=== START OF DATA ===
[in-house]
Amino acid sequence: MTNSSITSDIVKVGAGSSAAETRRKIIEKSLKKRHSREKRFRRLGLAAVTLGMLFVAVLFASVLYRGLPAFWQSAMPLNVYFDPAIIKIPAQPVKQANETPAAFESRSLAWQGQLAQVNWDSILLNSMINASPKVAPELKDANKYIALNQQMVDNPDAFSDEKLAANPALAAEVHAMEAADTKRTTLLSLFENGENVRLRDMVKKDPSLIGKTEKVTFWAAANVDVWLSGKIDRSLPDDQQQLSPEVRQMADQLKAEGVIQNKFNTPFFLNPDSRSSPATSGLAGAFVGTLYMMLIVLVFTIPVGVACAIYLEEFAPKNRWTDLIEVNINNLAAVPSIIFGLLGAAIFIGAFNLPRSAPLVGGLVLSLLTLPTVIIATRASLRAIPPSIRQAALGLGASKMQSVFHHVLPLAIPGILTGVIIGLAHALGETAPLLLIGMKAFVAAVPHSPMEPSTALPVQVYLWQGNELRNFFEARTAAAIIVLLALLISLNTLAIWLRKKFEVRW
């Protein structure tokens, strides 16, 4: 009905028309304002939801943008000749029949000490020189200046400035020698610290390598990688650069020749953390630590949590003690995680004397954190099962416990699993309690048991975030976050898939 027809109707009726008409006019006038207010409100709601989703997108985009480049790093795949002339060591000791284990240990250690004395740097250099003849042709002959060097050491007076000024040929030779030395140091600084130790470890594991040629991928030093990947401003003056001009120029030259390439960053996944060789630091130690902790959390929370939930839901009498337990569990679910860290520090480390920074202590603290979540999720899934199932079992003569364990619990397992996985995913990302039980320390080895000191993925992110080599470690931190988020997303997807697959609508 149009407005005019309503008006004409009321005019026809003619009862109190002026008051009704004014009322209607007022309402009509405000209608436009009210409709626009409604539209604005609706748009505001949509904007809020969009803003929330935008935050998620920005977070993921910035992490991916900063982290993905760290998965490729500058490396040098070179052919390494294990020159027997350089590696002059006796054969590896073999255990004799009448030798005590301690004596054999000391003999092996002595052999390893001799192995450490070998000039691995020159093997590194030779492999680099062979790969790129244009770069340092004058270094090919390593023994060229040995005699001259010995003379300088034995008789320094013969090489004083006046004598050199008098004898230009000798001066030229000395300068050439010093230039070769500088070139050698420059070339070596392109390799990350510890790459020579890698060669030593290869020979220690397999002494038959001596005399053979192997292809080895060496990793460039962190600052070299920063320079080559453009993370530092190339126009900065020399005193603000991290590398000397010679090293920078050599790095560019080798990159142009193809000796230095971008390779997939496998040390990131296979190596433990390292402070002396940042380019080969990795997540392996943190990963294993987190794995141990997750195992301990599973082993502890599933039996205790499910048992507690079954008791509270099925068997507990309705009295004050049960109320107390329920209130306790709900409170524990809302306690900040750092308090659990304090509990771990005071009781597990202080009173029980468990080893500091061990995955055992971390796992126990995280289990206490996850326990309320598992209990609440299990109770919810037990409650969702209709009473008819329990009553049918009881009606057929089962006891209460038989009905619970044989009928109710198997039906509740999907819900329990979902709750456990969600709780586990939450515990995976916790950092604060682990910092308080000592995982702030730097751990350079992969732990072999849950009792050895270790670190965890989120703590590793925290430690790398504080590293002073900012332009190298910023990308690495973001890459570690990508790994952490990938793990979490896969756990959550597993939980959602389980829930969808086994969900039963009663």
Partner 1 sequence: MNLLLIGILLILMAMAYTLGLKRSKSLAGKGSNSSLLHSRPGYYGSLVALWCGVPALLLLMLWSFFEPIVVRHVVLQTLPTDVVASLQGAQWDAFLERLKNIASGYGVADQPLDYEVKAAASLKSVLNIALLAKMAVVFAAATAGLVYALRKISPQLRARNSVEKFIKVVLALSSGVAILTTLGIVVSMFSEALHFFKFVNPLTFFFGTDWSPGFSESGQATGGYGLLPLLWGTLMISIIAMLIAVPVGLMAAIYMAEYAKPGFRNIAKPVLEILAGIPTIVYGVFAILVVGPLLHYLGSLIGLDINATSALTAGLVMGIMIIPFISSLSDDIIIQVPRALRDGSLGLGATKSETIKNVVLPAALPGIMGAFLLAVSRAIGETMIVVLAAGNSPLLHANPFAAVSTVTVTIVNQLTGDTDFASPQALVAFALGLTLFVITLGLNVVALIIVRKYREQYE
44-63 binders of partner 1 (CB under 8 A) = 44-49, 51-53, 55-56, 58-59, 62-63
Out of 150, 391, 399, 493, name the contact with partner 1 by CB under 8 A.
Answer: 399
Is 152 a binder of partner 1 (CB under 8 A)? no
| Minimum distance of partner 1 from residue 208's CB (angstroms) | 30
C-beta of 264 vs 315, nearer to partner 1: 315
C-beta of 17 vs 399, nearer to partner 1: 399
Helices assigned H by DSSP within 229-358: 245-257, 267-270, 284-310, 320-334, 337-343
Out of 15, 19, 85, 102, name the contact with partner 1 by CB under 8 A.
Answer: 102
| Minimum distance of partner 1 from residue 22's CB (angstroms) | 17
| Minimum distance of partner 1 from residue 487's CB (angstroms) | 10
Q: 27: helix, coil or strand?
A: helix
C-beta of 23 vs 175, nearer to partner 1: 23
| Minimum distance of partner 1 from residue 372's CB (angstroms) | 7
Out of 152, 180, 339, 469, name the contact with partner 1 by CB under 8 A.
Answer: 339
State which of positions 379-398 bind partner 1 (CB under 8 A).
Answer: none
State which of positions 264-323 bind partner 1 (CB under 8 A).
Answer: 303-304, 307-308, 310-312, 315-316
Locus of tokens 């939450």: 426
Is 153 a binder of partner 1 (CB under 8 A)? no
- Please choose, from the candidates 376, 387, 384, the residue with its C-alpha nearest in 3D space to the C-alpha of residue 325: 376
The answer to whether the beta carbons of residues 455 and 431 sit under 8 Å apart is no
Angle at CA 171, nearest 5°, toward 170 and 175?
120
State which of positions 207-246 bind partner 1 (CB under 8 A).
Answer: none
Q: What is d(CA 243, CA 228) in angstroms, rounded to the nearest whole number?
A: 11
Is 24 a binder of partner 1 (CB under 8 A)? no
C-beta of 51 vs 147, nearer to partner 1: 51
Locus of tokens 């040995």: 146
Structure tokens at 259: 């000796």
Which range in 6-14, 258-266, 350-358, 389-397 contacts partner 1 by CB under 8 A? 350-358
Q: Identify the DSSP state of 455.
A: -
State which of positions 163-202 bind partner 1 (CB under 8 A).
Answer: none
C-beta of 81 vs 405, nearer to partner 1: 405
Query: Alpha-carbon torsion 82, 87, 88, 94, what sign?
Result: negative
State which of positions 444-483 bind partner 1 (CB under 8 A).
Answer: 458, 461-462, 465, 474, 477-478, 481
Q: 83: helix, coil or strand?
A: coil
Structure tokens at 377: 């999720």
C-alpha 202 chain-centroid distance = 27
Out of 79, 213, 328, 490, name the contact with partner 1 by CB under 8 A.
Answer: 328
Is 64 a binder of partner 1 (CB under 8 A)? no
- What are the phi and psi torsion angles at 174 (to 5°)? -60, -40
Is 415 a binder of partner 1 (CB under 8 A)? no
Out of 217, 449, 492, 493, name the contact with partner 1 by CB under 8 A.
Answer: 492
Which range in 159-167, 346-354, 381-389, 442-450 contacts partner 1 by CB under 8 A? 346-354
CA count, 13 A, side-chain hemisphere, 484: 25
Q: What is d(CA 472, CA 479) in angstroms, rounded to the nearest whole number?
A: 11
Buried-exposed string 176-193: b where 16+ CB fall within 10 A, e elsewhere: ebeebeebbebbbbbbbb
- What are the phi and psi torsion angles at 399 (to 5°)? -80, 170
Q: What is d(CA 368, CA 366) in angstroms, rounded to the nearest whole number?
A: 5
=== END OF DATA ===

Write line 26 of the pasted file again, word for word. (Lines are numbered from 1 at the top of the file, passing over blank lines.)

Answer: 303-304, 307-308, 310-312, 315-316